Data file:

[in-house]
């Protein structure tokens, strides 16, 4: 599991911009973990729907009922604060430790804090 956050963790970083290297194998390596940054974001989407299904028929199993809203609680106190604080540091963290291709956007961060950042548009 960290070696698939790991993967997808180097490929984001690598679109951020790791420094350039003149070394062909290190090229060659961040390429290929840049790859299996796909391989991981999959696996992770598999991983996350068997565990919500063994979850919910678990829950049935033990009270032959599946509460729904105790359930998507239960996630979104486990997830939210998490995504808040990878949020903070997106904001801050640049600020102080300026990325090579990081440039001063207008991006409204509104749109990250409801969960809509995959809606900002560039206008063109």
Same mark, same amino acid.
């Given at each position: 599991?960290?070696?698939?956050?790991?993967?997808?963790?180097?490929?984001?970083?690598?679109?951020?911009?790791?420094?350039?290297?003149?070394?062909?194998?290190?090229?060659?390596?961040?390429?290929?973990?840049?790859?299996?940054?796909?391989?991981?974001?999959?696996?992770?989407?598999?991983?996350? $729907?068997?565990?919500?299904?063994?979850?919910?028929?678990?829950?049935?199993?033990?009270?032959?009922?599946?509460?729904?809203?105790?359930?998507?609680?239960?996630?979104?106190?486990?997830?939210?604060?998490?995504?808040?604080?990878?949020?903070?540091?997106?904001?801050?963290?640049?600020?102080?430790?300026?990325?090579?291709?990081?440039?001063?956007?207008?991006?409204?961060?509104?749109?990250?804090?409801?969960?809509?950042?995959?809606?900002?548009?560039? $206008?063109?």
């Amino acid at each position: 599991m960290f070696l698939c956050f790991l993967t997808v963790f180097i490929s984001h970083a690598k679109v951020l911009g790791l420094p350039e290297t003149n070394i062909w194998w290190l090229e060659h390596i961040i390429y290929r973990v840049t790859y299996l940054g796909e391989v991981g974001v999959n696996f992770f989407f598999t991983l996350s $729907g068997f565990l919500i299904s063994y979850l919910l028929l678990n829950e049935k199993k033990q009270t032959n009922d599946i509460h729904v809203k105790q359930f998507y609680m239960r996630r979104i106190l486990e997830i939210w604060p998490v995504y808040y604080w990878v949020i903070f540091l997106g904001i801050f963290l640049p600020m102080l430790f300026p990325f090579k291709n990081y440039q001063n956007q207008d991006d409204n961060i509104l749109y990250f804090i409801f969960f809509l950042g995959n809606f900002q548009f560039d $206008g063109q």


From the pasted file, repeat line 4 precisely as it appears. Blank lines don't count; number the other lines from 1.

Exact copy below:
């Given at each position: 599991?960290?070696?698939?956050?790991?993967?997808?963790?180097?490929?984001?970083?690598?679109?951020?911009?790791?420094?350039?290297?003149?070394?062909?194998?290190?090229?060659?390596?961040?390429?290929?973990?840049?790859?299996?940054?796909?391989?991981?974001?999959?696996?992770?989407?598999?991983?996350? $729907?068997?565990?919500?299904?063994?979850?919910?028929?678990?829950?049935?199993?033990?009270?032959?009922?599946?509460?729904?809203?105790?359930?998507?609680?239960?996630?979104?106190?486990?997830?939210?604060?998490?995504?808040?604080?990878?949020?903070?540091?997106?904001?801050?963290?640049?600020?102080?430790?300026?990325?090579?291709?990081?440039?001063?956007?207008?991006?409204?961060?509104?749109?990250?804090?409801?969960?809509?950042?995959?809606?900002?548009?560039? $206008?063109?």